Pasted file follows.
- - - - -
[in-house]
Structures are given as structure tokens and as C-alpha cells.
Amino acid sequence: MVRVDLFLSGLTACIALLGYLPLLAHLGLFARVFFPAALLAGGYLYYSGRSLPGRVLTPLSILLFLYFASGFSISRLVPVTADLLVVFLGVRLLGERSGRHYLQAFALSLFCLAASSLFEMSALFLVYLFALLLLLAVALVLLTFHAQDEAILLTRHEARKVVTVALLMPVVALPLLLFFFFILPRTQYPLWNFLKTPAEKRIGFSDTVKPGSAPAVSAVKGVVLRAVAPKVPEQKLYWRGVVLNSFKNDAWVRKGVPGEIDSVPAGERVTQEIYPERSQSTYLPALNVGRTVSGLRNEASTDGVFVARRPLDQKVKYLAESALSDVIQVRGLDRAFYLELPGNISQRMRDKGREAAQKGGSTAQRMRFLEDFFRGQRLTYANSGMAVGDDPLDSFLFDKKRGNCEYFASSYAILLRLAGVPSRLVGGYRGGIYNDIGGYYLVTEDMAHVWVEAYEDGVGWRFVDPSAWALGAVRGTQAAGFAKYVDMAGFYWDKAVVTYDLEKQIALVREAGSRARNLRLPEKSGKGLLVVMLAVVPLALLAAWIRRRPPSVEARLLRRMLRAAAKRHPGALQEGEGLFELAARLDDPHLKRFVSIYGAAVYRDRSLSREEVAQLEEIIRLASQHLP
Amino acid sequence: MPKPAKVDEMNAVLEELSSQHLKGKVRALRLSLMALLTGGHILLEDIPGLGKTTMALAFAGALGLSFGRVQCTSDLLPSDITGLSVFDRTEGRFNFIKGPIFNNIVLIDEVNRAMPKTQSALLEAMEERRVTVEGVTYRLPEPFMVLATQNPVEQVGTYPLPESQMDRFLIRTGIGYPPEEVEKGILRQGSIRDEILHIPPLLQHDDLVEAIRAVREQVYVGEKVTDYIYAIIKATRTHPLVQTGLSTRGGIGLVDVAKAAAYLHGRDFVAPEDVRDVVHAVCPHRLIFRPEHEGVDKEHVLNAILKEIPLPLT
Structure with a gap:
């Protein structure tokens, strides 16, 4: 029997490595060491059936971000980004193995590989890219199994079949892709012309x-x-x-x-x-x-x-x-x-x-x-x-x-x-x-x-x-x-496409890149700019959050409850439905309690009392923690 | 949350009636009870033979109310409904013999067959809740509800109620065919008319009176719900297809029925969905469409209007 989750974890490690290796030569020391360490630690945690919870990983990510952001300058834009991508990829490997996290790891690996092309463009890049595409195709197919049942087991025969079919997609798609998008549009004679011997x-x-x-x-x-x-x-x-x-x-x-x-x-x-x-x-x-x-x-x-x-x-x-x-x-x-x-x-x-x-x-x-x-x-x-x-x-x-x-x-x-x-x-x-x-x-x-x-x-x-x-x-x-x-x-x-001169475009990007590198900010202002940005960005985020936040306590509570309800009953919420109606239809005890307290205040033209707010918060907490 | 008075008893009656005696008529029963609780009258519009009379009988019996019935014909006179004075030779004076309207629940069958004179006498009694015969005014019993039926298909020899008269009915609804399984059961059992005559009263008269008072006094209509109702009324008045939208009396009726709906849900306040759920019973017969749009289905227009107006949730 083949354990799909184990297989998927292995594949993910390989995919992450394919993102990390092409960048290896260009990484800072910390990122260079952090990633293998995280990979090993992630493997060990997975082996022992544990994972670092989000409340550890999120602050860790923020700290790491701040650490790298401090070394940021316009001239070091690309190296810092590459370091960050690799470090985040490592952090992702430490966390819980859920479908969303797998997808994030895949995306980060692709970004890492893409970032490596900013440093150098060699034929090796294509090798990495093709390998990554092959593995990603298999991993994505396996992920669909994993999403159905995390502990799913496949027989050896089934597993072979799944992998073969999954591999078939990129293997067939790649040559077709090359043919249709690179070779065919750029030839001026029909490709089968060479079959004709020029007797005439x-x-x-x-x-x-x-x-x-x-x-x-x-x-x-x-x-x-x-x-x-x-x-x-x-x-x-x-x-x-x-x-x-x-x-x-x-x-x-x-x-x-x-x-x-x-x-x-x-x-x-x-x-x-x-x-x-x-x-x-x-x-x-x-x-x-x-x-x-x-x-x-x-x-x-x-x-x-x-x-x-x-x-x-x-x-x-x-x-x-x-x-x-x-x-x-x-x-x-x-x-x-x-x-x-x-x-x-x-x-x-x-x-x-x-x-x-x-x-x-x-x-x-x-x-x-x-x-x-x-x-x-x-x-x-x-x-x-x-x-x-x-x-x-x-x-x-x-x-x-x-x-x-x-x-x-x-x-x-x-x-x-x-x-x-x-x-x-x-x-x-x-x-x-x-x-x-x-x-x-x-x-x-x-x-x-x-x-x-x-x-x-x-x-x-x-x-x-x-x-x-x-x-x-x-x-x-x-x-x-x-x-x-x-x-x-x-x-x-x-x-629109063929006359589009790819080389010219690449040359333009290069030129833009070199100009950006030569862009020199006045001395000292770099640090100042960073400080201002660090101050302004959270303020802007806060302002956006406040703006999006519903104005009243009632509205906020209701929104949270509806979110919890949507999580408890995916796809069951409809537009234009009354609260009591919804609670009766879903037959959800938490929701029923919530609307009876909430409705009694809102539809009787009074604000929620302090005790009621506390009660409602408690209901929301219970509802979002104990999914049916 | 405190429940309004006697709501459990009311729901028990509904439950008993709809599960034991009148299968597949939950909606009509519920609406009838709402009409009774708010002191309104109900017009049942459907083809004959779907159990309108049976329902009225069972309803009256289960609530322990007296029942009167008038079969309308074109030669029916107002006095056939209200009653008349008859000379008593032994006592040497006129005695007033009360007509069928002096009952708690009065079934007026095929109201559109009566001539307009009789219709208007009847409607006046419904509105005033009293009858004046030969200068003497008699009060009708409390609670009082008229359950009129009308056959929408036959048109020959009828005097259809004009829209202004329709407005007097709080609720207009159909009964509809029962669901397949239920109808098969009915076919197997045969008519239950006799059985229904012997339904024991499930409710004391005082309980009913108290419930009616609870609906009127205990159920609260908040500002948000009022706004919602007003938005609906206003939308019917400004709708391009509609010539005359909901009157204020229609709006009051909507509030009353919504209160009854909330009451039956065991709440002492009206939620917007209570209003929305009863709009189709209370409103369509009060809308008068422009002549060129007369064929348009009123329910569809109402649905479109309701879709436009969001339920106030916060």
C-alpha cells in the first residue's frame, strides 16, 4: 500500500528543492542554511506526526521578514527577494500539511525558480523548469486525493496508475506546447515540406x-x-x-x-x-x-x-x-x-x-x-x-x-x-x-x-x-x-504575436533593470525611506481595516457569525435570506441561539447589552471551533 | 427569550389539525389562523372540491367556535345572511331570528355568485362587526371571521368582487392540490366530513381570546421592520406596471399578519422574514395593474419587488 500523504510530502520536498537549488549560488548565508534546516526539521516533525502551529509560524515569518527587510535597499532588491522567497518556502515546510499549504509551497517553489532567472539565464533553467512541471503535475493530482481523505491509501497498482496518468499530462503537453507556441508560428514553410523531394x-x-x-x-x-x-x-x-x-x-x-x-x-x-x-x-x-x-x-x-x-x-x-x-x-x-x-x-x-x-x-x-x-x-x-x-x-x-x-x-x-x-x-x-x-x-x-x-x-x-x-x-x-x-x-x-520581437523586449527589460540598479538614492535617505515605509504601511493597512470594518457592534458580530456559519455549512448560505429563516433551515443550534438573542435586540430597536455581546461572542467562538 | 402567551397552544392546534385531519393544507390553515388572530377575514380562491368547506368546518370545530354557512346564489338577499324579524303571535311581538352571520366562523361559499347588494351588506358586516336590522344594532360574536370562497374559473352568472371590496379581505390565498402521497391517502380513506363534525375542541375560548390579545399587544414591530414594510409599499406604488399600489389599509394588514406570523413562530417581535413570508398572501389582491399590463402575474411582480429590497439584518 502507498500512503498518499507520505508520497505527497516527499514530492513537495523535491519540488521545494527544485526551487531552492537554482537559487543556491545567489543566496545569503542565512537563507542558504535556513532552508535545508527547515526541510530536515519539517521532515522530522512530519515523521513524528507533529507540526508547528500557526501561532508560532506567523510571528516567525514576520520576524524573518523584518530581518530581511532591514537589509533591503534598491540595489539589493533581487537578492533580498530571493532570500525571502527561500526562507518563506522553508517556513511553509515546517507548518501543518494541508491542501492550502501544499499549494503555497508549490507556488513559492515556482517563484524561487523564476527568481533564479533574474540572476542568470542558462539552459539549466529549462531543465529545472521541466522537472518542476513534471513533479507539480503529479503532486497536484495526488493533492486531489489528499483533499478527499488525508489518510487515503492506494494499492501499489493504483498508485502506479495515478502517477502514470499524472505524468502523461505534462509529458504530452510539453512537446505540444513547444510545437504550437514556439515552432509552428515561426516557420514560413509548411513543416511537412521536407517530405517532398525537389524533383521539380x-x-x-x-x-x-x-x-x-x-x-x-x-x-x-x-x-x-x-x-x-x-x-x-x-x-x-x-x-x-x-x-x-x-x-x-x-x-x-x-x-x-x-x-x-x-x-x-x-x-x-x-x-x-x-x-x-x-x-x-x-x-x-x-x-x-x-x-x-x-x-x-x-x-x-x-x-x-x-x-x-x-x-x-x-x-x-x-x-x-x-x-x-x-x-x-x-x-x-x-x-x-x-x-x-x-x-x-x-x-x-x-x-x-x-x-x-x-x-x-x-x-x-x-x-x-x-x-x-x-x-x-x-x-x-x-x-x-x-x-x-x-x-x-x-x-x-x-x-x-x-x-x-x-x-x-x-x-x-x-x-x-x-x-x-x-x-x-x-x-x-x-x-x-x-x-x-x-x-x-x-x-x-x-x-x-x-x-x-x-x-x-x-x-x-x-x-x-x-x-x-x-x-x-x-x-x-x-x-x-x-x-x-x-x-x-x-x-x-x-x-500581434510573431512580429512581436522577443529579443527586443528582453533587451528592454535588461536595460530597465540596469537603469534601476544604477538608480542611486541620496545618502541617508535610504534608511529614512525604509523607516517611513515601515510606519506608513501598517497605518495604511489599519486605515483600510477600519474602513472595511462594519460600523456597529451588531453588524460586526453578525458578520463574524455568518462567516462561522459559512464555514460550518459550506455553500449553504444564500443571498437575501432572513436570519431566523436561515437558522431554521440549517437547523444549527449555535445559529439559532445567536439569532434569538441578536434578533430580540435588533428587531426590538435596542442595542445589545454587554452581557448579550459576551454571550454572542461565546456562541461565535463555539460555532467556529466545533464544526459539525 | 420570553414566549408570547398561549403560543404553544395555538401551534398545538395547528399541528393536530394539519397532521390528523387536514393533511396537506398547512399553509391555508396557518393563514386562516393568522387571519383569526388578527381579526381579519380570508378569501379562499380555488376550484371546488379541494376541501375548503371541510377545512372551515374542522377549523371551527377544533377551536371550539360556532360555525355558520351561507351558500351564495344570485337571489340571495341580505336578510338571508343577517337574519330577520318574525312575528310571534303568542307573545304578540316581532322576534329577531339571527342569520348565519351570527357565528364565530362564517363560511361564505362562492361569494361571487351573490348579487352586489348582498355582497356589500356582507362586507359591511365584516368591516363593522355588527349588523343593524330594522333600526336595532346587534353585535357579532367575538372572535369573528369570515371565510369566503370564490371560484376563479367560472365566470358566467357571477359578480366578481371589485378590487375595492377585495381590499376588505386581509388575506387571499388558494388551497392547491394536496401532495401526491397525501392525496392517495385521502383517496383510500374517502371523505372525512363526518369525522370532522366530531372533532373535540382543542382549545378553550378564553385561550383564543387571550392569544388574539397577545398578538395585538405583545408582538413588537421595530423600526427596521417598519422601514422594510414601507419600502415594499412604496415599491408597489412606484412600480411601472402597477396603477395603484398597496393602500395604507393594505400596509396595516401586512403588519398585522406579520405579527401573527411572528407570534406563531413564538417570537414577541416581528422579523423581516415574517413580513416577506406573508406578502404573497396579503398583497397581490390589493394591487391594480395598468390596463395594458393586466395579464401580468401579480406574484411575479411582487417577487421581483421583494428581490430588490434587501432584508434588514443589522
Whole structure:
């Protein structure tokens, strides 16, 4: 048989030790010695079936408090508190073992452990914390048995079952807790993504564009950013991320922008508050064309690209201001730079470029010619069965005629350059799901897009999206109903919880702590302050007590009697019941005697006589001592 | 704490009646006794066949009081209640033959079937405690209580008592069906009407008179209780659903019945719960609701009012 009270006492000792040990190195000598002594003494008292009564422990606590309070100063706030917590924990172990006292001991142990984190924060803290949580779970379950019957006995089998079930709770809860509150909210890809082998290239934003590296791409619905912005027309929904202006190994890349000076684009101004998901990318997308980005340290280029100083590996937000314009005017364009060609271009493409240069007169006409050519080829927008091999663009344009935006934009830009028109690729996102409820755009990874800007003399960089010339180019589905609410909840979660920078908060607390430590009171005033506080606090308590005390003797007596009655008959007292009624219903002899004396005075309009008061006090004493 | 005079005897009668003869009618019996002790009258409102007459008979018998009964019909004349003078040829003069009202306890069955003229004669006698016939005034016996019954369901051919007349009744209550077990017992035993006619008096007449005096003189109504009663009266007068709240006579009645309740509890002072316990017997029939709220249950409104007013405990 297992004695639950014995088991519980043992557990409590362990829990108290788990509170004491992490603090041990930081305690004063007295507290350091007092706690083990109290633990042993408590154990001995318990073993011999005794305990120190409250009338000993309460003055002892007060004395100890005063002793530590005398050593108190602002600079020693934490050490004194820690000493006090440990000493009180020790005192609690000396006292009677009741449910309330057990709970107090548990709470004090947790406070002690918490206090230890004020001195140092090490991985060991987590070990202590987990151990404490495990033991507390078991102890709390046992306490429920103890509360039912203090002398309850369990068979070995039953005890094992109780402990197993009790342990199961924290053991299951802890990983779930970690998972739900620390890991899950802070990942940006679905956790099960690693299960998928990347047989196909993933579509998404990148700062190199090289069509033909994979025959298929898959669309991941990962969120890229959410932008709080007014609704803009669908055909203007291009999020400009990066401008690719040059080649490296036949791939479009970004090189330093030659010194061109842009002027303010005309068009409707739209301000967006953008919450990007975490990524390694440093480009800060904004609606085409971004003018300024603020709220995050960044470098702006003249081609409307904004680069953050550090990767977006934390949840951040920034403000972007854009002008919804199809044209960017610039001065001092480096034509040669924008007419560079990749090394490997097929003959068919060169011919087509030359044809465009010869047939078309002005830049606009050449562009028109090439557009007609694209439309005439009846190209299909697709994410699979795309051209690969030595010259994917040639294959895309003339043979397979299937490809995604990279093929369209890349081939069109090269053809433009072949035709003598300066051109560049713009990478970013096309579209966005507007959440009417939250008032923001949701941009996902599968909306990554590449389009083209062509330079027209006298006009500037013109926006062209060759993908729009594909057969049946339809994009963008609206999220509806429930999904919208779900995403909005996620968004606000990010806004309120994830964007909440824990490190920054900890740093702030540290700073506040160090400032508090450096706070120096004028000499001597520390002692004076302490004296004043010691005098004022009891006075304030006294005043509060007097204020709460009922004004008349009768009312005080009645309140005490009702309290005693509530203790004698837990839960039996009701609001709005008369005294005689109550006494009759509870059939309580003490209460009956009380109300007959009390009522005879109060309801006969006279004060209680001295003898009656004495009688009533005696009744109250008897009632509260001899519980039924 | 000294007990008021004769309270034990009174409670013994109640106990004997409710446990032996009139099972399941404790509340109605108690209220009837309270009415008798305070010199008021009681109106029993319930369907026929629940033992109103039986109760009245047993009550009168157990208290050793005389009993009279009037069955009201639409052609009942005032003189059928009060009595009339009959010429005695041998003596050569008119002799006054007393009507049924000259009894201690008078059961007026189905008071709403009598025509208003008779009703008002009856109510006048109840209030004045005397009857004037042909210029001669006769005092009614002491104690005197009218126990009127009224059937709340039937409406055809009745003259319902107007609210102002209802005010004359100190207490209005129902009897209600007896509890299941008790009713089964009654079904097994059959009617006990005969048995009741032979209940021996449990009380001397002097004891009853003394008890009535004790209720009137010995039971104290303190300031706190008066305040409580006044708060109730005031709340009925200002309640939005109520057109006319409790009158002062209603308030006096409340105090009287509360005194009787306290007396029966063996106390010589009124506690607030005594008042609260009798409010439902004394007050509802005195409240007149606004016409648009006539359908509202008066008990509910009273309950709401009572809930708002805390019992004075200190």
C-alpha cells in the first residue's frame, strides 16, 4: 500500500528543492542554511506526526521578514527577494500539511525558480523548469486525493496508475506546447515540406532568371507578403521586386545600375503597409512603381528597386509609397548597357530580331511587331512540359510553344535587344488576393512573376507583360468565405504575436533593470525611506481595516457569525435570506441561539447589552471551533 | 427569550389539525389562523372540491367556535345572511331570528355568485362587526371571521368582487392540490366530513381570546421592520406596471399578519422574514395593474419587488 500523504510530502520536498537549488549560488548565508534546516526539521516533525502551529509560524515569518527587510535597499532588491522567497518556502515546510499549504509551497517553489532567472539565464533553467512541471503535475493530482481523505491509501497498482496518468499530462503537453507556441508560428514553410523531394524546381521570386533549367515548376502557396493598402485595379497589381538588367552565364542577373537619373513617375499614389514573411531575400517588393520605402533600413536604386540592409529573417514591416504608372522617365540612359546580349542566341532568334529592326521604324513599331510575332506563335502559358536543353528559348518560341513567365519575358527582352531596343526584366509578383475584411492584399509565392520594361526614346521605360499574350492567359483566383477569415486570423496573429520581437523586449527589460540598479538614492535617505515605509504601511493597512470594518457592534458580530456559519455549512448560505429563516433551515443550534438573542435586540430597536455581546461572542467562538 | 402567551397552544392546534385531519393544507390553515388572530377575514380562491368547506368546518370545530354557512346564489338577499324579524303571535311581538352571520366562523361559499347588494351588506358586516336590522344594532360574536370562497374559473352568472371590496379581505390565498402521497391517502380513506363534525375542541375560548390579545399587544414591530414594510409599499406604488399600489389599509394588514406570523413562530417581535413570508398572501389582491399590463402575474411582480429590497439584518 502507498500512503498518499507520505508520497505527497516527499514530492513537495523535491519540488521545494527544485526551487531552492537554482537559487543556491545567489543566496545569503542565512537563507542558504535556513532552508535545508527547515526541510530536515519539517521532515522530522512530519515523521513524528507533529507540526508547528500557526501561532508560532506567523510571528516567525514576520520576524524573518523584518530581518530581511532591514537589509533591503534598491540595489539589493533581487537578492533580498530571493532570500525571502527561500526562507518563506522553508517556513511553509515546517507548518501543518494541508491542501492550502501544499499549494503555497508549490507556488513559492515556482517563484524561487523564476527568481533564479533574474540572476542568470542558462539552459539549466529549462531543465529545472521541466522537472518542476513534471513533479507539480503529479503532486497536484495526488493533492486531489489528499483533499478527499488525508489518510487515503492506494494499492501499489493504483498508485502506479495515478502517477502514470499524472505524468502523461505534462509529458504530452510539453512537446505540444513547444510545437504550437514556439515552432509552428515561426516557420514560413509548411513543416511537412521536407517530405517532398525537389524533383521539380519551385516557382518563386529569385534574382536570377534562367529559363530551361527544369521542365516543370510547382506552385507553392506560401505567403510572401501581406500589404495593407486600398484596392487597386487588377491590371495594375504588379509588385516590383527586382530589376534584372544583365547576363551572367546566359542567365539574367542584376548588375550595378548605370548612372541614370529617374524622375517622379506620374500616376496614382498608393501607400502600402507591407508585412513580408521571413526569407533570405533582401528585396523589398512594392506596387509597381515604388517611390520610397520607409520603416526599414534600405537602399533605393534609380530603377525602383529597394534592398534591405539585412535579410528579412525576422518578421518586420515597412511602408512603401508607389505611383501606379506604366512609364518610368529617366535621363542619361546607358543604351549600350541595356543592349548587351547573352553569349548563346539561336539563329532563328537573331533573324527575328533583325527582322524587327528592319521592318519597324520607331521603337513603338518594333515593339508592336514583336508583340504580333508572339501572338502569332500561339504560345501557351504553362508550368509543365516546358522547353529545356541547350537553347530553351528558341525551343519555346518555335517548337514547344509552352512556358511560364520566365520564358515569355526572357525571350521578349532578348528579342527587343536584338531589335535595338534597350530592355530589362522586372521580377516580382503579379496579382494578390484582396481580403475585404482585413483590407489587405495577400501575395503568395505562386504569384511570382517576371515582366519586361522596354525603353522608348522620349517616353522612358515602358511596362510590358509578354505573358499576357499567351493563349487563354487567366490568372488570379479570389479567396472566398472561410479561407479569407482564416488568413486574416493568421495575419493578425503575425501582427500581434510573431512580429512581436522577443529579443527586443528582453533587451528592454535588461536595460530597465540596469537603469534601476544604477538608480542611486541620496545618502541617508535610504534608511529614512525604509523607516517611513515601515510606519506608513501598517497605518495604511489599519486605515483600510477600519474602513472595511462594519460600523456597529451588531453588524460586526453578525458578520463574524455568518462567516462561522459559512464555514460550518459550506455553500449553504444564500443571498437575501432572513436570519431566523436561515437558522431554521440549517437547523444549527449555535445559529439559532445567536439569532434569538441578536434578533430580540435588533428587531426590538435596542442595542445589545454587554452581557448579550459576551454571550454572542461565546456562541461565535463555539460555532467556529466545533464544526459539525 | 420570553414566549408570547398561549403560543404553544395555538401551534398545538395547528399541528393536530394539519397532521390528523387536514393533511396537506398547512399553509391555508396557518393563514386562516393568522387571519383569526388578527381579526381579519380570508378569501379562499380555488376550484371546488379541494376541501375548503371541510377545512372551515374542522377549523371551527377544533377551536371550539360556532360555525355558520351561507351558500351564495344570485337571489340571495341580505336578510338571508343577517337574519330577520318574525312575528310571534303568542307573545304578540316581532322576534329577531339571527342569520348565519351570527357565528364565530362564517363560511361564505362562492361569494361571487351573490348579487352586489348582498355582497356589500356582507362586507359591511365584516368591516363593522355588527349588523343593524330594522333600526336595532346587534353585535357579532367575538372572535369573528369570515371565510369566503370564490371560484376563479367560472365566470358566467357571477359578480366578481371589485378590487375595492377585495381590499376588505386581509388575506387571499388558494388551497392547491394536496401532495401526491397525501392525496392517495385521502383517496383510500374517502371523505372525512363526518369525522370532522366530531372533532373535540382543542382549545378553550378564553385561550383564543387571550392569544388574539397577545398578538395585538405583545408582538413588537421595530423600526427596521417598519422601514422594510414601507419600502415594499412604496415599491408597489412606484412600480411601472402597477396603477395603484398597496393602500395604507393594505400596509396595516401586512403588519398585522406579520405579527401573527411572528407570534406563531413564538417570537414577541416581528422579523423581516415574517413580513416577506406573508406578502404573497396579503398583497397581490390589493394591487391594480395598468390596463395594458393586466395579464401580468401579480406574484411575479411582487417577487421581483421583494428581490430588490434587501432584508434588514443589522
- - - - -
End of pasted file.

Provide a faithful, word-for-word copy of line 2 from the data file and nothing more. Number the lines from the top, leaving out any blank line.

Structures are given as structure tokens and as C-alpha cells.